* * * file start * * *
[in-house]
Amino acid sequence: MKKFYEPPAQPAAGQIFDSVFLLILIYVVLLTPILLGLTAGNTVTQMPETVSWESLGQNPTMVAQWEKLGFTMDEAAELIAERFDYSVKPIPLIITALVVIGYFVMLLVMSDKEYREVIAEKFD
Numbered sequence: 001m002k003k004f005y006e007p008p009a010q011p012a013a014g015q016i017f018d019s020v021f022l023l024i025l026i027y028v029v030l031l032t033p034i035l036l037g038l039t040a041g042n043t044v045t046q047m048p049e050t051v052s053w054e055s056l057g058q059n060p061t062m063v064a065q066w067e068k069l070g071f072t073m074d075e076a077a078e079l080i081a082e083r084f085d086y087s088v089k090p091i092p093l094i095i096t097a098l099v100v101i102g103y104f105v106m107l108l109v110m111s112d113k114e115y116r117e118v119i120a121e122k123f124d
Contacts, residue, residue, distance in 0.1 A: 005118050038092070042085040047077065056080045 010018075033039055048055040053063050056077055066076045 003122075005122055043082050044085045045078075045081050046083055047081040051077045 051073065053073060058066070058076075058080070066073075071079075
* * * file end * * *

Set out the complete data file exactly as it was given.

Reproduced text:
[in-house]
Amino acid sequence: MKKFYEPPAQPAAGQIFDSVFLLILIYVVLLTPILLGLTAGNTVTQMPETVSWESLGQNPTMVAQWEKLGFTMDEAAELIAERFDYSVKPIPLIITALVVIGYFVMLLVMSDKEYREVIAEKFD
Numbered sequence: 001m002k003k004f005y006e007p008p009a010q011p012a013a014g015q016i017f018d019s020v021f022l023l024i025l026i027y028v029v030l031l032t033p034i035l036l037g038l039t040a041g042n043t044v045t046q047m048p049e050t051v052s053w054e055s056l057g058q059n060p061t062m063v064a065q066w067e068k069l070g071f072t073m074d075e076a077a078e079l080i081a082e083r084f085d086y087s088v089k090p091i092p093l094i095i096t097a098l099v100v101i102g103y104f105v106m107l108l109v110m111s112d113k114e115y116r117e118v119i120a121e122k123f124d
Contacts, residue, residue, distance in 0.1 A: 005118050038092070042085040047077065056080045 010018075033039055048055040053063050056077055066076045 003122075005122055043082050044085045045078075045081050046083055047081040051077045 051073065053073060058066070058076075058080070066073075071079075